Rhianne Barreto is in Cannes to present her dazzling lead performance in Share. The film finds her in steely, tightly-wound form, shrinking into the skin of Mandy, a teen whose life has become a waking nightmare since everybody in her school has seen a phone recording of her attack – but in person Barreto exudes a stirring liveliness, an energy that is enjoyably show-businessy. Towards the end of our time together, I ask her to tell me some of her favourite films. With all the winsomeness that she has displayed throughout our conversation, she immediately cites Singin’ In The Rain, adding that she relates to the Donald O’Connor song Make ‘Em Laugh. I gently remind her about the somber subject matter of the film she is here to promote, and we both fall about laughing.
So what drew her to acting? “Let’s go right back to the beginning, baby,” she says, and proceeds to tell me a story about standing in for another actor at her sister’s leaving show when she was in year five. Her reply is hilariously wholesome somehow, and delivered with the wink-wink pretence that this school play had really been a kind of big professional break for her. “I was orphan number two, opera girl number five – fill-in jobs.” But someone went on holiday, giving her her chance. “I dressed up in my brother’s suit and put mud on my face.” A star was born. From there she attended the attended the Brit school and graduated to the National Youth Theatre, “and the rest of my life has been this film… either preparing for it, making it, or doing press for it.”
Share is a bold, somewhat experimental film, and the lead role an obvious gift to an actor. Barreto is in pretty much every scene, and has the doubly difficult challenge of being both the film’s protagonist and its unflinching moral compass; on top of this, her task, which she pulls off, is to make Mandy a strong character while never lurching into drama or sentimentality. Still, this puts Barreto in an invidious position, of which she seems all too aware, of struggling to find another project to match its challenges and intensity. But she’s resilient, “I’m at a point early in my career where I have the internal power to say, ‘No, I’m going to wait for something really good… something scary and challenging’.”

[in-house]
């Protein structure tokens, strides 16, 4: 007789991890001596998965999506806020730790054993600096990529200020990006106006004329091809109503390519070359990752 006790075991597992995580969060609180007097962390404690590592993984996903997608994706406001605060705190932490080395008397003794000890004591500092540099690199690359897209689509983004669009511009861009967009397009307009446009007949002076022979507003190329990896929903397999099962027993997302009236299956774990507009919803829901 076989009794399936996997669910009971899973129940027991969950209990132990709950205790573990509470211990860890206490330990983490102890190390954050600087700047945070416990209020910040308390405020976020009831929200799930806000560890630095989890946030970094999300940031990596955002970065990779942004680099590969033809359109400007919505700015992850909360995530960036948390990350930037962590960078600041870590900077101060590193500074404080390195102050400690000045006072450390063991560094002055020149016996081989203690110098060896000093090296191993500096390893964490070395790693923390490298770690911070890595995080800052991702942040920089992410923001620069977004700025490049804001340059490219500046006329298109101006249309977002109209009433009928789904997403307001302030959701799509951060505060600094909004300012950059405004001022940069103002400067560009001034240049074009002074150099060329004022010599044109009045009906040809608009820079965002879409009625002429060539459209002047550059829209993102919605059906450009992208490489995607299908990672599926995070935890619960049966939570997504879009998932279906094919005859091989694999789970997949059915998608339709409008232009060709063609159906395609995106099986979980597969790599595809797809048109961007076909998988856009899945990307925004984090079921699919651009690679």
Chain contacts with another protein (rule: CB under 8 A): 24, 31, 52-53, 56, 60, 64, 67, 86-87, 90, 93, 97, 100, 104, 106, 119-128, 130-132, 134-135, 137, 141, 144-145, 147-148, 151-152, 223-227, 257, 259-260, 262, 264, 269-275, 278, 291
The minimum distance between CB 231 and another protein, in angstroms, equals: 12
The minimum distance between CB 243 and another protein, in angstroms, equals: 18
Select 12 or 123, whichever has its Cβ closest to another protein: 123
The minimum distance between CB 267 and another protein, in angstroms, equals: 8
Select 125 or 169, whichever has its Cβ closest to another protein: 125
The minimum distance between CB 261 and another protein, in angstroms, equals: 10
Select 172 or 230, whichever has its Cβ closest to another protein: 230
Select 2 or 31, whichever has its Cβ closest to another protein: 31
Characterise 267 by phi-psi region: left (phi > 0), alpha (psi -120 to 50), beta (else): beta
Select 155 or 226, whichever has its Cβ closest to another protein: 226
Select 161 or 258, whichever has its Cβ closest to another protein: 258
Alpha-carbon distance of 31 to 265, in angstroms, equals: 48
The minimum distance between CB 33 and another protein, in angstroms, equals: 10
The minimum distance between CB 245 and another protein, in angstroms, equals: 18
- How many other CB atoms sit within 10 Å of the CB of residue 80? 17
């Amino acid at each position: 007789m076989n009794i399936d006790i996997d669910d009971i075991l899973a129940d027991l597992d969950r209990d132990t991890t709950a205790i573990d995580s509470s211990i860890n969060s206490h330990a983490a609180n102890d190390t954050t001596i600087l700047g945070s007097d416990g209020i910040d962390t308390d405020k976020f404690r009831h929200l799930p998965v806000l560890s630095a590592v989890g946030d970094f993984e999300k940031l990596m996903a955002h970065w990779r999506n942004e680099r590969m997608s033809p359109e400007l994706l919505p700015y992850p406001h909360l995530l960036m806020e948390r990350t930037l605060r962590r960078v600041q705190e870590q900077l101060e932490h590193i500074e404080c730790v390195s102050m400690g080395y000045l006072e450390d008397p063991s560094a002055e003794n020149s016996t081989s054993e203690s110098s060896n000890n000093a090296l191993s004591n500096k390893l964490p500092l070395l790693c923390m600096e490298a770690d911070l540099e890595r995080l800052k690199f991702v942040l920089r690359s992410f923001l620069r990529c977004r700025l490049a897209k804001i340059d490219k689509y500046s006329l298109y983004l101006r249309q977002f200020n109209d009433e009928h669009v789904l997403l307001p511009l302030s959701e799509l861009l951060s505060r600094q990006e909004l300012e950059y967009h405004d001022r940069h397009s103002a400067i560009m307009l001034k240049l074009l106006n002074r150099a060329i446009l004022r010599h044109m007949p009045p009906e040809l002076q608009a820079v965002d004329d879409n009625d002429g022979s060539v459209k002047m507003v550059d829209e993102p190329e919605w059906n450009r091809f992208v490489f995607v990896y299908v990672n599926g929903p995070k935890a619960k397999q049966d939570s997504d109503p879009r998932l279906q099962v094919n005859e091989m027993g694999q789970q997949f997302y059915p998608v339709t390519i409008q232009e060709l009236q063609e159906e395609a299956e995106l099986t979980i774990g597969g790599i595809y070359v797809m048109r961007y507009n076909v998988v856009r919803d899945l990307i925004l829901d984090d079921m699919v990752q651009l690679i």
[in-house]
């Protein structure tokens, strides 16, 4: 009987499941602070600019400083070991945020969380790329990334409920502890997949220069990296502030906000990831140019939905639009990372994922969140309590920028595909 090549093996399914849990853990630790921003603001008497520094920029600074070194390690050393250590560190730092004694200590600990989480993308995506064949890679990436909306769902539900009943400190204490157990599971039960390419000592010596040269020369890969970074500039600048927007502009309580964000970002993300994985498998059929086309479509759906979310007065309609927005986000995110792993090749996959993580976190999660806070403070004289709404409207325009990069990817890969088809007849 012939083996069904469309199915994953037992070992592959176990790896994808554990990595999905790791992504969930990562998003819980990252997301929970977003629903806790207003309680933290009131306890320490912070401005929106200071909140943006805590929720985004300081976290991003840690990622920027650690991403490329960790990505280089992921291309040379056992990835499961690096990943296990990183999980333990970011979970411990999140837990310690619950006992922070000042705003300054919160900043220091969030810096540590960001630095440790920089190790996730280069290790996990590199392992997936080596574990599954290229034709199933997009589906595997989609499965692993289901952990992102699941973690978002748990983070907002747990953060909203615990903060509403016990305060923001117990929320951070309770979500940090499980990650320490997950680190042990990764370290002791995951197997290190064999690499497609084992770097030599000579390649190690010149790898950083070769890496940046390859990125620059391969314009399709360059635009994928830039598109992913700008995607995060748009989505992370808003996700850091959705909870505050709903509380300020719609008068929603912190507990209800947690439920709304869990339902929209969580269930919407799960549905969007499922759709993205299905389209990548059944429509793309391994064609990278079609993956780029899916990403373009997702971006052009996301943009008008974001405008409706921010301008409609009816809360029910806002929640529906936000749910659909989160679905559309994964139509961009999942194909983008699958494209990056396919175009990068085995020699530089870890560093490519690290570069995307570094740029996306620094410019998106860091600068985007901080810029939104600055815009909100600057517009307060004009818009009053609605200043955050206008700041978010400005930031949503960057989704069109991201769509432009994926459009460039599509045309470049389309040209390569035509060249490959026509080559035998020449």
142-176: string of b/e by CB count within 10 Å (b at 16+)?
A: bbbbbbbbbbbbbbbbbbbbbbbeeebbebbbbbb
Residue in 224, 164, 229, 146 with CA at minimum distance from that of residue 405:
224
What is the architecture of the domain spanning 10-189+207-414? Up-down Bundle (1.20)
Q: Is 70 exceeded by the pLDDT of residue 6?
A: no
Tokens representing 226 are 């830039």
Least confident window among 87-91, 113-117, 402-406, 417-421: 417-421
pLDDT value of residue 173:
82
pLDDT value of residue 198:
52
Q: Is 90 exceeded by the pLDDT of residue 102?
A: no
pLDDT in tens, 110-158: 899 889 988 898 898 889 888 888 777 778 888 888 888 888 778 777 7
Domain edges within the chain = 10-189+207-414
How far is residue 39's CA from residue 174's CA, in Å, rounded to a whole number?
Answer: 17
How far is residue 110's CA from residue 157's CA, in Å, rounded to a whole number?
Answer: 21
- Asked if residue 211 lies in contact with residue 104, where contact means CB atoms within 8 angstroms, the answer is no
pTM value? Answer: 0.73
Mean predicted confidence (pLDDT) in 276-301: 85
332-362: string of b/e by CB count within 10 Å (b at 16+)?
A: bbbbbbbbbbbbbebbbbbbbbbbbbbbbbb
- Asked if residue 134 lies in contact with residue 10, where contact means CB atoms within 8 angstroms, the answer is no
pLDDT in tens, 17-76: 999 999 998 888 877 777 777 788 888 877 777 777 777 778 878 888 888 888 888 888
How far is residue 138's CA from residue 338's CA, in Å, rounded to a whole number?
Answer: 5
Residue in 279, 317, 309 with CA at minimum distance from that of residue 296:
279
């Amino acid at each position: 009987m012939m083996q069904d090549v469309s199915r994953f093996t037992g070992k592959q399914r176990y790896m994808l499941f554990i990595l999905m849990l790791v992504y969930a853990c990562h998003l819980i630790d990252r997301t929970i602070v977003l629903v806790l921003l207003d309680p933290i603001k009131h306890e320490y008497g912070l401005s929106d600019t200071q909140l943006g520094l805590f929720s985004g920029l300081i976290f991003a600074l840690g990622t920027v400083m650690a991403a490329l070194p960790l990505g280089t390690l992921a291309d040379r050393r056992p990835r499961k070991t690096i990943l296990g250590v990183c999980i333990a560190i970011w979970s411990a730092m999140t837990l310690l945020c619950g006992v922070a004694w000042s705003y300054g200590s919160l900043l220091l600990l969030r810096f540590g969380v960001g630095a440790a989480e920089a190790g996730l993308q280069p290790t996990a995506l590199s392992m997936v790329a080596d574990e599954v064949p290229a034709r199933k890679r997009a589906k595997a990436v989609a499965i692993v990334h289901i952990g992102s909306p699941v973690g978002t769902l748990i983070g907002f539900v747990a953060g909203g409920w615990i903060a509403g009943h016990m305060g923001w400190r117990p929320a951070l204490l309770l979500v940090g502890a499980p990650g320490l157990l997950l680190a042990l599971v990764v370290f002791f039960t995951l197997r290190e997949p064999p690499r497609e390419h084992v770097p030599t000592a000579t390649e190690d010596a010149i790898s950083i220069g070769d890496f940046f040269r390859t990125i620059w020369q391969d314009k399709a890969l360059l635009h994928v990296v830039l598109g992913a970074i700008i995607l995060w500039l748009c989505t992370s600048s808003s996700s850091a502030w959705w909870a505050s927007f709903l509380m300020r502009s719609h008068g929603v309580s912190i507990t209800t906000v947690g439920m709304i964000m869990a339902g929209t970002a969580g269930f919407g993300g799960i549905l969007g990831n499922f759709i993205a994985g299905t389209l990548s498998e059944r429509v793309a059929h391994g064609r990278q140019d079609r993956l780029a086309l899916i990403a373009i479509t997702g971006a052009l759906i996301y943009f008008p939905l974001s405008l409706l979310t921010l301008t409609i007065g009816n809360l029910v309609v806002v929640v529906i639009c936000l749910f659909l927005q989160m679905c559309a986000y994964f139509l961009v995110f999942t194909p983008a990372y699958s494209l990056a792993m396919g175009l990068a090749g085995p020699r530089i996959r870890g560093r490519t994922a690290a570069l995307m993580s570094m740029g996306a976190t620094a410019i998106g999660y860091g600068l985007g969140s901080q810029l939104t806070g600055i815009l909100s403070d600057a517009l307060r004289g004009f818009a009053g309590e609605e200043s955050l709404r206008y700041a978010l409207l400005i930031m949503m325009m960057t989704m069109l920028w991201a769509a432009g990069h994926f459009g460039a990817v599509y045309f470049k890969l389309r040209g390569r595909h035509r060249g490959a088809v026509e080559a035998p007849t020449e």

Barreto, 21 and from West London, speaks with a particularly English brightness, like somebody who went up for the position of Head Girl at school but ultimately failed to make the grade because she wasn’t quite serious enough. She’s confident, looks you right in the eye, and at no point seems to betray any nerves about being in Cannes for the first time in her nascent career. “It’s like adult Disneyland!” she exclaims.
Barreto is clearly very serious about her craft. She’s also good on the challenges of her character, and the act of internalising her pain, drawing parallels with the Danish film The Hunt, in which Mads Mikkelsen’s protagonist is falsely accused of a sexual crime. “These characters are coping and coping, and dealing with something that happened to them… they’re victims, but not crushed. It’s about finding that balance.” In Share, Barreto offers a conspicuously modern performance, all introspection and discomfort, giving a sense of somebody who is still struggling with the effects of her attack, as it is repeated on social media. In her tightly coiled body language, and the subtle defiance, she projects somebody caught in a world that is hostile at every turn. From the films she watched with her director, Pippa Bianco, to her some-time isolation on the film’s set and continued friendships with other actors, it’s clear that this film has been a labour of love for her.
What is she drawn to, as a performer? Barreto surprises me by telling me she’s looking for something along the lines of Good Will Hunting. “There’s that scene with Matt Damon and Minnie Driver, where it goes from them being really happy in love to screaming at each other. That is beautiful – that progression, that amount of drama, and knowing you have to get to that place.” Her eyes light up, as she considers the acting challenge of working your way through those stages.
Our interview starts to peter out. Or rather it’s not really been an interview somehow, as Barreto has sort of taken chummy control of the situation, and for every three questions I have asked her she has consistently asked me one back – “How’s your Cannes going?” “What are your favourite films?” and followed these up with further questions. We walk towards the festival together, talking about Some Like It Hot, my favourite film, and about her plans for the day – the film’s premiere, her dress try-out. We’ve had a little time in each other’s presence, but I feel genuinely warm towards her as we part, at her hotel gates, like temporary friends at summer camp.
Share premieres in America on HBO on 27th July